Consistency

One of the most attractive benefits of PCB construction is their inherent consistency. Once the design is complete, it can be easily reproduced with a very high degree of accuracy. In our particular case, the object is to produce an amplifier that meets a set of pre-defined sonic and functional criteria. These criteria are built into the board design and are not subject to the wide variations in tolerances normally found in the point to point assembly process.

In the late fifties, state of the art point to point construction ( i.e. military and recording/broadcast electronics) incorporated "turret boards" that supported most of the small components on Nickel/Silver plated posts staked into thick Fiber or Glass/Epoxy strips. The bulky components (pots, jacks, switches, filter caps, meters and transformers) were chassis mounted and meticulously hand wired to these boards. Some of todays more popular (and more expensive) point to point amps utilize low cost phenolic "terminal strips" with thin Tin plated lugs instead of the much more rugged turret boards. This is a far cry from the venerable point to point designs of the past. The terminal strip method is not particularly rugged or easily serviceable, usually requires much more extensive use of wire, solder and wiring harnesses, and often results in a circuit layout that is subject to wide variations in circuit behavior. Two identical amplifiers built this way are very likely to - and often do - sound completely different!

Reliability and Serviceability

Needless to say, there is a right way and a wrong way to do everything. One might be a little bit more generous and say that there are an infinite number of interpretations of the term "cost effective". Indeed! There are of course legitimate reasons for peoples seemingly genetic aversion to printed circuit boards and all one has to do it gaze into the guts of a PCB amp that falls into the "cheaper to replace than repair" category to see why this is so. Its a fact however, that circuit boards dominate the electronics industry. Therefore it is important to remember that the Internet connection you are using to access this web page is bouncing off of a satellite orbiting our fair planet that will probably operate flawlessly far into the next centuryutilizing printed circuit boards.

How then do we account for this large reliability gap? Simply stated, printed circuit boards pretty much do exactly what the designer intended for them to do. Nothing more, nothing less. If top notch performance and long term reliability are the design objectives, then the end product will perform and last provided that it is correctly engineered. In this context then, it is logical to conclude that a well designed, high quality PCB based amplifier is more than likely to perform as well or better and last easily as long as or longer than a point to point wired amp.

Cost

All things considered, we feel that the point to point method of amplifier construction is unnecessarily time consuming and excessively costly. When you pay a premium price for a quality point to point amplifier, it is pretty much understood and taken for granted that youre not necessarily paying for performance and flexibility. A well designed and executed PCB based amplifier sacrifices nothing to sound quality, construction quality or long term reliability and value merely as an automatic consequence of the use of printed circuit boards. The labor saving aspect of PCB amplifier construction makes it possible to offer a wide variety of features and functions which translate to a higher "Bang for the Buck" ratio.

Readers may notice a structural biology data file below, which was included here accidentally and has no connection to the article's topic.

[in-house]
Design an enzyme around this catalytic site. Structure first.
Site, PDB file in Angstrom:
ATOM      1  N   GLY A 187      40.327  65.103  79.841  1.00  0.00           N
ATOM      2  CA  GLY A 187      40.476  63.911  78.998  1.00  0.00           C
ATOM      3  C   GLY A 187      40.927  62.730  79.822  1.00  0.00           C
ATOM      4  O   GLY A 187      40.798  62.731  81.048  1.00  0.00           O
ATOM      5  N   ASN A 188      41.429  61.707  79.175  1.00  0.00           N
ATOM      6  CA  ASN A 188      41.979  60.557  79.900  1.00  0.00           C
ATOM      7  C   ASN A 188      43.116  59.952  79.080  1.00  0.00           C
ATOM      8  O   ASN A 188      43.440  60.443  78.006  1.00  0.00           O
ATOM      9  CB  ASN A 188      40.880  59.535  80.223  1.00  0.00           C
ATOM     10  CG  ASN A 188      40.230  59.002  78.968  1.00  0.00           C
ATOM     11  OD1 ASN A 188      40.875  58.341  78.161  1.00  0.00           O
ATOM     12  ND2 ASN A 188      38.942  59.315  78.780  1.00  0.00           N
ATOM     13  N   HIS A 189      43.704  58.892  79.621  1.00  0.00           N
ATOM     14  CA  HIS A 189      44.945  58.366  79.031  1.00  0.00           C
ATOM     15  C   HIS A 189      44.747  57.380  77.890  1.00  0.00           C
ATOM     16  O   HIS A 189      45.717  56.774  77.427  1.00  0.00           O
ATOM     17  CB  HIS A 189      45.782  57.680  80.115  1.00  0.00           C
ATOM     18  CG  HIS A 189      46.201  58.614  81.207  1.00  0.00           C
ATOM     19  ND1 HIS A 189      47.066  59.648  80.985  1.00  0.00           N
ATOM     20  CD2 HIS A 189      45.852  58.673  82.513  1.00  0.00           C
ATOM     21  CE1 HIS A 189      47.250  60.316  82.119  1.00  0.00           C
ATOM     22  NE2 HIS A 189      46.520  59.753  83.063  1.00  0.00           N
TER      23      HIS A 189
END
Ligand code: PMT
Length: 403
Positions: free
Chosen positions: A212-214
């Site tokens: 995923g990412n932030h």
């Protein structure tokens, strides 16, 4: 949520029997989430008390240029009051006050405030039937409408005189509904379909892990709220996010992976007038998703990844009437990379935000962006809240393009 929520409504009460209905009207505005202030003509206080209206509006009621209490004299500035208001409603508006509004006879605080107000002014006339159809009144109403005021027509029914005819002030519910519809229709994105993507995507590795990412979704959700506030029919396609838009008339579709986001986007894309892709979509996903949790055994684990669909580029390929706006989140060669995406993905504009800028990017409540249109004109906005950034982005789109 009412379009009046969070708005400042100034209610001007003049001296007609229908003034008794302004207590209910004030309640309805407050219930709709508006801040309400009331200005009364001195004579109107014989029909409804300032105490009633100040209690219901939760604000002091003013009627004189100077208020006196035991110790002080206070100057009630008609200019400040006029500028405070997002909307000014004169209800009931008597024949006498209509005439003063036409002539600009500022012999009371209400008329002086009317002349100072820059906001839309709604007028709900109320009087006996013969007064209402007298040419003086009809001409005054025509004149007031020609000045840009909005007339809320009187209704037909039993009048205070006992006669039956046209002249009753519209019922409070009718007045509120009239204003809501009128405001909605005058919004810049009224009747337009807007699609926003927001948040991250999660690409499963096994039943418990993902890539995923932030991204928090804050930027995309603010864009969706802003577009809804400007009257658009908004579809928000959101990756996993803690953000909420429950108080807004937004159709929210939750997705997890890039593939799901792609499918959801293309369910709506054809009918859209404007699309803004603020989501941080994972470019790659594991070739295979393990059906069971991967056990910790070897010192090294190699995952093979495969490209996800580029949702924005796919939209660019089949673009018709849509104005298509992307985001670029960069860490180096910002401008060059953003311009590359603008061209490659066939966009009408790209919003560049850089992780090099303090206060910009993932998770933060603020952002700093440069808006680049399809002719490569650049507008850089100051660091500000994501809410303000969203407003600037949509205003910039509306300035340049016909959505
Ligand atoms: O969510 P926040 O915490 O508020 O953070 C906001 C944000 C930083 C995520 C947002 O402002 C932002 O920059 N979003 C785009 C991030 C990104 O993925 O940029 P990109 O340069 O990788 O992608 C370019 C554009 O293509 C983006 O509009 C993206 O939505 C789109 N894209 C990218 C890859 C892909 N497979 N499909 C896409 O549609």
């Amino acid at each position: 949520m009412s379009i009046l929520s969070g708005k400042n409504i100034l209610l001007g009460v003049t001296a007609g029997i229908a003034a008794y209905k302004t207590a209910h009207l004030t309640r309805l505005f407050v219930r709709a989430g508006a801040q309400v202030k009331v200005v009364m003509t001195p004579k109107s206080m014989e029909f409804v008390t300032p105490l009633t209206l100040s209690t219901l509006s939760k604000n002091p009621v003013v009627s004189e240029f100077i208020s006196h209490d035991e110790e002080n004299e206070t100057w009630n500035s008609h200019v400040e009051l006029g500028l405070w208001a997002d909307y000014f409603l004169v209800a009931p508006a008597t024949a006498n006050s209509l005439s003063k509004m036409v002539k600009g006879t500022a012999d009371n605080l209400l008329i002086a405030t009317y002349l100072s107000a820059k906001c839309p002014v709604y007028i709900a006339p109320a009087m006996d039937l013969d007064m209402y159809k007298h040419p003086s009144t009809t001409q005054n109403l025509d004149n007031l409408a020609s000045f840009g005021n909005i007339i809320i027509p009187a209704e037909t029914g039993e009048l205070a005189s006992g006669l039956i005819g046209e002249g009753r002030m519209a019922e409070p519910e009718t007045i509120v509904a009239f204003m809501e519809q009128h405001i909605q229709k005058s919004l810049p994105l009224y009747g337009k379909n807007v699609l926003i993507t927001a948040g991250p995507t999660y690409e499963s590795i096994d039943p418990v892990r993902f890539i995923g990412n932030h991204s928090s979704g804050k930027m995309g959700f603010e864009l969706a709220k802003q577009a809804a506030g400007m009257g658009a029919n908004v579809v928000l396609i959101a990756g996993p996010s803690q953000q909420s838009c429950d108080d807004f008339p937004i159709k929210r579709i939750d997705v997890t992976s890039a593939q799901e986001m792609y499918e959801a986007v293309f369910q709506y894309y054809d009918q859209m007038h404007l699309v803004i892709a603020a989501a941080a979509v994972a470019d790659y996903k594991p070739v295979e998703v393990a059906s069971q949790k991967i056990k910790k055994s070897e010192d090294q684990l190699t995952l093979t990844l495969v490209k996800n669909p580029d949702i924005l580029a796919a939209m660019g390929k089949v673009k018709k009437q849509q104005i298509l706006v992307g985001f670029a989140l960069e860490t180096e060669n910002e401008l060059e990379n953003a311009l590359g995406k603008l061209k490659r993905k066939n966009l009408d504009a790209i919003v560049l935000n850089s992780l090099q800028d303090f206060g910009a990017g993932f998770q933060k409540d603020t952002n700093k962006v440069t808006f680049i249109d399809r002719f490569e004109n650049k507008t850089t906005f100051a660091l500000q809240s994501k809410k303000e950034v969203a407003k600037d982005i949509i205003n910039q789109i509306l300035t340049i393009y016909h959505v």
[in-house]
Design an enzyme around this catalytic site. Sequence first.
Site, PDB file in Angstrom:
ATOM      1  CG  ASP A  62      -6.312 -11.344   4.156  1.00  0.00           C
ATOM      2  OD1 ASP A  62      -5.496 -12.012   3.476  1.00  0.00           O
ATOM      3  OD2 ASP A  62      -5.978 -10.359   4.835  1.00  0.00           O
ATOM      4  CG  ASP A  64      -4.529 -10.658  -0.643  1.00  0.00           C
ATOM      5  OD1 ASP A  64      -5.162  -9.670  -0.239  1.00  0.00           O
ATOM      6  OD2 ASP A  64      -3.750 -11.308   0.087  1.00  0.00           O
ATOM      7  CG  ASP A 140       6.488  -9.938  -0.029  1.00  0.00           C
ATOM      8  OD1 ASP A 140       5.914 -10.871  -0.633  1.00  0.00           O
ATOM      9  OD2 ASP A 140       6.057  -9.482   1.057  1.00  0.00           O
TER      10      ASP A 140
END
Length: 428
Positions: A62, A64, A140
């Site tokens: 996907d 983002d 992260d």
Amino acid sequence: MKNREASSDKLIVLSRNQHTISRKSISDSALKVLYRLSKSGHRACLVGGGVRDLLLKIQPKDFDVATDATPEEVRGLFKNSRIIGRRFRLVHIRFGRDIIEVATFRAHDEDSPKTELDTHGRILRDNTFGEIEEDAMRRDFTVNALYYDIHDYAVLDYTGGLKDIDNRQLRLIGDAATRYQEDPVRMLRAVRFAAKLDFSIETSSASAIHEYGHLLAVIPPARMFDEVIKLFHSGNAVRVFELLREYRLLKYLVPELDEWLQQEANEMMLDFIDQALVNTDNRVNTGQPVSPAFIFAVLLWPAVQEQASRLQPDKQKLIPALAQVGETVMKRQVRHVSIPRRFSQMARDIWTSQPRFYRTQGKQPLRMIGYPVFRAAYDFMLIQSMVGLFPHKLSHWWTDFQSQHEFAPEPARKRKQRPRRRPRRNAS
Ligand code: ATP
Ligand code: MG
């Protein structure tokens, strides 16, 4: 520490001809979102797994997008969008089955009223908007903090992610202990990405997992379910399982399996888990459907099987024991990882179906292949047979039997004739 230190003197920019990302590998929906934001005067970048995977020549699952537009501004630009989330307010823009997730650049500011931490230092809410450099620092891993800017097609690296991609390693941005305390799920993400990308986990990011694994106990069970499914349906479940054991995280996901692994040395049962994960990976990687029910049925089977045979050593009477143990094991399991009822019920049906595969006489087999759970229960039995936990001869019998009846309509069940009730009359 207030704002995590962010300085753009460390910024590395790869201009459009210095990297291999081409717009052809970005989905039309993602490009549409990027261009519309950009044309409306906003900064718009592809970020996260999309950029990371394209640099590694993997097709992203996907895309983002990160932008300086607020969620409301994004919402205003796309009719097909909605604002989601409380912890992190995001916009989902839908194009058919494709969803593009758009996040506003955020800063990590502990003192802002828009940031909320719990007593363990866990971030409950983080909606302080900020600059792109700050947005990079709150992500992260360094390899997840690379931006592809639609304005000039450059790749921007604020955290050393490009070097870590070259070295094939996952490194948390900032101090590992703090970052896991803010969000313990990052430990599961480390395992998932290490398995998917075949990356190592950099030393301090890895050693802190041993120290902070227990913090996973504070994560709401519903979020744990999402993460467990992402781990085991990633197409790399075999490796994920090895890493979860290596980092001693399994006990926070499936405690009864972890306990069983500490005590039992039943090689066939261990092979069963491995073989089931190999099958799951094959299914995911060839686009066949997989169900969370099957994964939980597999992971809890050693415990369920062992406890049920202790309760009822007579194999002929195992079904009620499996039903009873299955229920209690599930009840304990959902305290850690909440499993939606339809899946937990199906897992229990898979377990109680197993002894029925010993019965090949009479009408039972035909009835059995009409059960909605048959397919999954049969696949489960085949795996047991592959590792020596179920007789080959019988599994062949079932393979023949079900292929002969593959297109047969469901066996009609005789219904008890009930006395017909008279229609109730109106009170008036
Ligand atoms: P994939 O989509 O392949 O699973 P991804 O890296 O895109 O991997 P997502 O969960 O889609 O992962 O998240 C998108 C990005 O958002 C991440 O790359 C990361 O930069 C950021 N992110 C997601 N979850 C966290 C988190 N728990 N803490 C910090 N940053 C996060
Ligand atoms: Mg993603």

Edited by MTM105

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I never meant boards to be negative of quality, but for being worked on, handwired is easier

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28 minutes ago, 0054 said:

I never meant boards to be negative of quality, but for being worked on, handwired is easier

IMHO the ODS and the Casino's are kind of a stab at giving the end user as much as possible to tweak. This all came from Andy's feedback from players and dealers. They kind of pushed back on the original Casino Line Up, he was in that Dr Z price point and couldn't break through. Rest assure that the companies named above use the best boards of the highest quality. They are very serviceable with no issue. Now the cheap overseas throwaways are a whole other story. 

Small builders are easy to work with, Andy, Annette and team have never let me down when it came to any issues or questions. 

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On 1/2/2018 at 5:06 PM, 0054 said:

I never meant boards to be negative of quality, but for being worked on, handwired is easier

why bother working on an amp??

it's either good-to-go, or it's not.  today's knowledge and technology is far removed from days of Plexi and Bassman yore.

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24 minutes ago, MTM105 said:

why bother working on an amp??

it's either good-to-go, or it's not.  today's knowledge and technology is far removed from days of Plexi and Bassman yore.

So sure, an amp breaks, just buy a new one!
Todays amps may be more flexible, but they will never be considered iconic (albeit perhaps one trick ponies)

As Frederick Goudy once stated, and I think it's applicable "all the old fellows, they stole our best ideas"